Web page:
|Posted by Nick Spake on November 10, 2017 at 10:05 PM|
“Last Flag Flying” is kind of like “Planes, Trains and Automobiles” meets “The Best Years of Our Lives.” That’s definitely an odd combination and there are times when Richard Linklater’s film runs the risk of being uneven. Thanks to his capable direction, a sharp script co-written by author Darryl Ponicsan, and three strong leads, though, everything balances out. Well, maybe not everything. We do get a few scenes that drag on for too long. Given how this movie could’ve misfired in so many different ways, however, it’s impressive that it manages to juggle comedy, drama, and patriotism at all.
The film is actually based on a novel by Ponicsan, which was actually a sequel to “The Last Detail,” which was actually adapted to the screen in 1973 with Jack Nicholson, Randy Quaid, and Otis Young. The aforementioned trio of actors is nowhere to be in this unofficial follow-up of sorts, but their replacements light up the screen with chemistry. Steve Carell gives his most subdued performance since “Foxcatcher” as Larry “Doc” Shepherd. Bryan Cranston steals the film’s best lines as Sal Nealon while Laurence Fishburne is a pitch perfect straight man as Richard Mueller.
These men served together during Vietnam, but haven’t seen each other since then. In 2003, Doc looks up his unit after his son dies in Iraq. Sal and Richard agree to help their old friend through the ordeal, but sign on for more than they bargained for. Upon learning exactly how his son was killed, Doc decides that he doesn’t want him to have a military funeral. He’d rather burry him at home, meaning Sal and Richard must come along for the long haul.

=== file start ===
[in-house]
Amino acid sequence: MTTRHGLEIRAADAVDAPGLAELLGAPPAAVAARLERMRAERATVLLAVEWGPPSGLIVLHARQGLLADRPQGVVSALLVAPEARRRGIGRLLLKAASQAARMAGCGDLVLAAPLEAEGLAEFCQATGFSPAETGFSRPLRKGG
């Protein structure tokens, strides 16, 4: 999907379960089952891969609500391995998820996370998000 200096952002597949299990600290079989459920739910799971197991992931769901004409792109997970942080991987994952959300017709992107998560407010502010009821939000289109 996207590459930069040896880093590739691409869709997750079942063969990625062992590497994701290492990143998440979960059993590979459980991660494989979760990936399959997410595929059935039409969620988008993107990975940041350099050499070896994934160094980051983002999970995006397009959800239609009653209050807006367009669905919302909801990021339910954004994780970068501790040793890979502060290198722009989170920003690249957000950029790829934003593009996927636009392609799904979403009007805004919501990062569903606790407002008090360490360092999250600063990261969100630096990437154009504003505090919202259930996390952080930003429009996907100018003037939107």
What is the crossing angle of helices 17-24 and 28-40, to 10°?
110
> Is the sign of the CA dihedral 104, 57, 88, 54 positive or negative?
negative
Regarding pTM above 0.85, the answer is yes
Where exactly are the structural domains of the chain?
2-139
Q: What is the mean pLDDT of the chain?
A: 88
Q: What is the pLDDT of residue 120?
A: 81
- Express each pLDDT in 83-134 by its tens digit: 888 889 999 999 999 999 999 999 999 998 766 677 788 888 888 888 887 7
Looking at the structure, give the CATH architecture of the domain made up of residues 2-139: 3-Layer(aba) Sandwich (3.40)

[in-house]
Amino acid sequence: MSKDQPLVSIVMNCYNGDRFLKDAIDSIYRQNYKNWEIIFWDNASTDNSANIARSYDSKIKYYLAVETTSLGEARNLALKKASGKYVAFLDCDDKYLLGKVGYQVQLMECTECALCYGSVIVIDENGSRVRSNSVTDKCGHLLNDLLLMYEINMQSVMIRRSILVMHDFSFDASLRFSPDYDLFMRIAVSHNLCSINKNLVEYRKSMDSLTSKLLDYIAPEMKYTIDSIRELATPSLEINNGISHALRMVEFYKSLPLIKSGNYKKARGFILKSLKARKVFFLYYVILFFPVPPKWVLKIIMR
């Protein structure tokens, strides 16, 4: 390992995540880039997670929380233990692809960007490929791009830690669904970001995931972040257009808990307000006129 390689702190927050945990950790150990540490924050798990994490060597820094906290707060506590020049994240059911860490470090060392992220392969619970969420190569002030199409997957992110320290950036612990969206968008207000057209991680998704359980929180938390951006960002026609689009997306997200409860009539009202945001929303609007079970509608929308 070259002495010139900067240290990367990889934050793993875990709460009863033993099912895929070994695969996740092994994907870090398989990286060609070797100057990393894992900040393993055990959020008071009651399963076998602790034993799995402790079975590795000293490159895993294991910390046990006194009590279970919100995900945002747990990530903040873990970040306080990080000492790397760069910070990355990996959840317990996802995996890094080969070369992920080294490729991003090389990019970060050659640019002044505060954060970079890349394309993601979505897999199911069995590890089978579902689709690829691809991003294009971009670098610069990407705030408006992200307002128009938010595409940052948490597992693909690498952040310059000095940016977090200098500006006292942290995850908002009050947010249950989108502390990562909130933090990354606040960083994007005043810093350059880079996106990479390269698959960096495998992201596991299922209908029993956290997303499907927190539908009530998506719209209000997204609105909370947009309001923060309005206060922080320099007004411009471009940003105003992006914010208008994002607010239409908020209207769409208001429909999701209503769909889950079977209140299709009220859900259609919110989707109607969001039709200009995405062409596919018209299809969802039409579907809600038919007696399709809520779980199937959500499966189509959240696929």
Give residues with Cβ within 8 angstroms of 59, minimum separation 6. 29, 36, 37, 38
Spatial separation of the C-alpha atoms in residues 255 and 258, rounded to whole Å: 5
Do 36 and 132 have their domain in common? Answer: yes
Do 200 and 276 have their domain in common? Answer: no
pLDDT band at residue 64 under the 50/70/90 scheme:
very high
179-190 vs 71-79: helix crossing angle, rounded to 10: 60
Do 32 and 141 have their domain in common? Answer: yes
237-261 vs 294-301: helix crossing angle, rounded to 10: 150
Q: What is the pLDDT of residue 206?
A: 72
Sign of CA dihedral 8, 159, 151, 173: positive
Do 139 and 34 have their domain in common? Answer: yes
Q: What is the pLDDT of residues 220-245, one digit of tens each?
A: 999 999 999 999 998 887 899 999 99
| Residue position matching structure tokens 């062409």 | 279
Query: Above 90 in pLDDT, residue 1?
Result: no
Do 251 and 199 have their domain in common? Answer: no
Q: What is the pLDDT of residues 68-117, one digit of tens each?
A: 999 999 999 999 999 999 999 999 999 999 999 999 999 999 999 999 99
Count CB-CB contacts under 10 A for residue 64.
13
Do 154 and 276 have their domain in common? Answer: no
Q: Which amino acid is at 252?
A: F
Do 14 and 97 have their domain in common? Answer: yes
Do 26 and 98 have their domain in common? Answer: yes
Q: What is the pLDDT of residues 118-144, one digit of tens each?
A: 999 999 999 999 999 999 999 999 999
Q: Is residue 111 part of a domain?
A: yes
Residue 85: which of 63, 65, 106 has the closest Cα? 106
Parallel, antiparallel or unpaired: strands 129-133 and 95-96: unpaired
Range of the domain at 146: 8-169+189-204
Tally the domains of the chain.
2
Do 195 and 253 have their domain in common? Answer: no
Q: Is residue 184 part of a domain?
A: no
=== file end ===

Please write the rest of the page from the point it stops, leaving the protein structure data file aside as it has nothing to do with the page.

At the beginning of “Last Flag Flying,” the characters might be complete strangers to the audience. As the narrative unfolds, though, the film starts to feel like reuniting with some good buddies. We really come to like each of these men, as if we’ve known them for years. This has a lot to do with the impeccable rapport between the actors, who work off each other wonderfully. Their dynamic ranges from hilarious to poignant and there’s never a second when you doubt their bond. Even if the story is light on plot, just listening to Doc, Sal, and Richard for two hours is interesting enough.
What prevents “Last Flag Flying” from being a truly great film about veterans is a killjoy colonel played by Yul Vazquez. This character is determined to give Doc’s son a military funeral, as if he’s property of the U.S. government. While not everyone in the military is perfect, this guy just sends the wrong message in a picture that otherwise avoids cheap shots and caricatures. His character arc doesn’t even have a real payoff and could’ve been removed altogether. Nevertheless, that’s just one bump in the road for a film that mostly does our troops justice.
Grade: 4 out of 5 Stars